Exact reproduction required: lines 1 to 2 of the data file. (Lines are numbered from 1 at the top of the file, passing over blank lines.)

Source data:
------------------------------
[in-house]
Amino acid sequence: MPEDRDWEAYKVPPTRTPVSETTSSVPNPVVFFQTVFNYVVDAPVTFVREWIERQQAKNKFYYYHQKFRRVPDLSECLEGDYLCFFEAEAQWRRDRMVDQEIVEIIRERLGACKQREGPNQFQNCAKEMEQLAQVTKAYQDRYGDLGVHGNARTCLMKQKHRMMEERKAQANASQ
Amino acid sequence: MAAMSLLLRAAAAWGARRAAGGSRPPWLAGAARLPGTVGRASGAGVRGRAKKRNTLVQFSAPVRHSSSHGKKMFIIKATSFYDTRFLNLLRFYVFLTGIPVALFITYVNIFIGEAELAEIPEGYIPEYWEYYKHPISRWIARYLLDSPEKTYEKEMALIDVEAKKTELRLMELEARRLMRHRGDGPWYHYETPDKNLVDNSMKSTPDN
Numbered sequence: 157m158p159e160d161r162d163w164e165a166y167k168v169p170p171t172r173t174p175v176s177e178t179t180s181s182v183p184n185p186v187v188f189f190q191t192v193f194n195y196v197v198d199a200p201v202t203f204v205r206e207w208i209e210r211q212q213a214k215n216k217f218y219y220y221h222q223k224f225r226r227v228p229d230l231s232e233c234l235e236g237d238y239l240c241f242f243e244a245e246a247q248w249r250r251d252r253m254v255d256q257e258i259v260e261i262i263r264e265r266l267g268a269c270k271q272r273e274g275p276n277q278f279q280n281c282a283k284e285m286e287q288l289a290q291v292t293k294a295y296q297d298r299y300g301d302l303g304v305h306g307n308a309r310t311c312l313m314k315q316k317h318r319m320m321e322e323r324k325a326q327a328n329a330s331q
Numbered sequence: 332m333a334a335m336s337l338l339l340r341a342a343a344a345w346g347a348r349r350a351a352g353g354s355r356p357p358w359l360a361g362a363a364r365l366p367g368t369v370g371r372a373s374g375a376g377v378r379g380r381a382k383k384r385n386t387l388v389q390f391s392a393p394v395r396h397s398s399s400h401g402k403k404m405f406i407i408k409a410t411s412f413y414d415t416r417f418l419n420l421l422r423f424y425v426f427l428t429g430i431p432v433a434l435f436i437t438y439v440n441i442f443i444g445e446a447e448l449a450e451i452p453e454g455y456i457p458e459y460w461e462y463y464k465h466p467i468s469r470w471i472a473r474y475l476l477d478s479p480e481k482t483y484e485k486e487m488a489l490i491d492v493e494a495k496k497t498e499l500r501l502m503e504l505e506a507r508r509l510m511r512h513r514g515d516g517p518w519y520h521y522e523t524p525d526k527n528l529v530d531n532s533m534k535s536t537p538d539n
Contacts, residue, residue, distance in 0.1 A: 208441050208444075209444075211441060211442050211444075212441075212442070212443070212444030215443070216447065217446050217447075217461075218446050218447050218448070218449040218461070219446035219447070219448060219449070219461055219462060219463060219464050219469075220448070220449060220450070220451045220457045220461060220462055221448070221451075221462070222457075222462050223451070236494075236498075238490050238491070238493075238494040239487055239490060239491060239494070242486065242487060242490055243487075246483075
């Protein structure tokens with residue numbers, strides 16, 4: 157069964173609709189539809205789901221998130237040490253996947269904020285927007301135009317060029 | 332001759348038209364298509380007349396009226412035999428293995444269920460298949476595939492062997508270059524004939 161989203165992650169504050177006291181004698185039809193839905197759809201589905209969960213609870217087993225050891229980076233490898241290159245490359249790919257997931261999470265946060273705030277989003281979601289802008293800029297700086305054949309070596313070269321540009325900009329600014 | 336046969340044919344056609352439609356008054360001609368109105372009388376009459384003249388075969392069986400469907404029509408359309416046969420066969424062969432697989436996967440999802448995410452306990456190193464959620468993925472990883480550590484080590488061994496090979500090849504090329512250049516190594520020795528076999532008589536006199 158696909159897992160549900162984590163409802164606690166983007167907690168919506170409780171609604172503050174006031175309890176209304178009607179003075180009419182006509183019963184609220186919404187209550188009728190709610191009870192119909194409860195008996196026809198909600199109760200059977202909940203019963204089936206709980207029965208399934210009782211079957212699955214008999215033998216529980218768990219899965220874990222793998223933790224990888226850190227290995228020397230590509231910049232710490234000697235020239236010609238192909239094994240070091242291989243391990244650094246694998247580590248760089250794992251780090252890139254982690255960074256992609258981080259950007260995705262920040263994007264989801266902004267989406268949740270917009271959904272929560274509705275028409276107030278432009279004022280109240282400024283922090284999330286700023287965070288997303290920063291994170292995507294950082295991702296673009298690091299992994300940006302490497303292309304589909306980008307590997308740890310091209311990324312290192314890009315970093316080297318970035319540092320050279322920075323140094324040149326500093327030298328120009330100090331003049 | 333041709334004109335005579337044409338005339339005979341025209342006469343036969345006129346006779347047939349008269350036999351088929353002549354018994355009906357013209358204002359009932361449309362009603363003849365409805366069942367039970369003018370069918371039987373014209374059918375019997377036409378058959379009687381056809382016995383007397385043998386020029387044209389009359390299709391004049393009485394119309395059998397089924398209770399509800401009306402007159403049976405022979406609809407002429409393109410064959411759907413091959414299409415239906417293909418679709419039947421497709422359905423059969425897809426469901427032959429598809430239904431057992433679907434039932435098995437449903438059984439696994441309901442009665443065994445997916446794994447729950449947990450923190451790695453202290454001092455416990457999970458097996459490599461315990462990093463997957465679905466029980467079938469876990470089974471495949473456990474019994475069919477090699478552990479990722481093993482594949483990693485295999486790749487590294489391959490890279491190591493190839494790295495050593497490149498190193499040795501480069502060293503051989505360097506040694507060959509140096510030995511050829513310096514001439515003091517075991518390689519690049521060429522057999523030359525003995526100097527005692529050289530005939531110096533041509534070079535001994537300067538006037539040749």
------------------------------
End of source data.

[in-house]
Amino acid sequence: MPEDRDWEAYKVPPTRTPVSETTSSVPNPVVFFQTVFNYVVDAPVTFVREWIERQQAKNKFYYYHQKFRRVPDLSECLEGDYLCFFEAEAQWRRDRMVDQEIVEIIRERLGACKQREGPNQFQNCAKEMEQLAQVTKAYQDRYGDLGVHGNARTCLMKQKHRMMEERKAQANASQ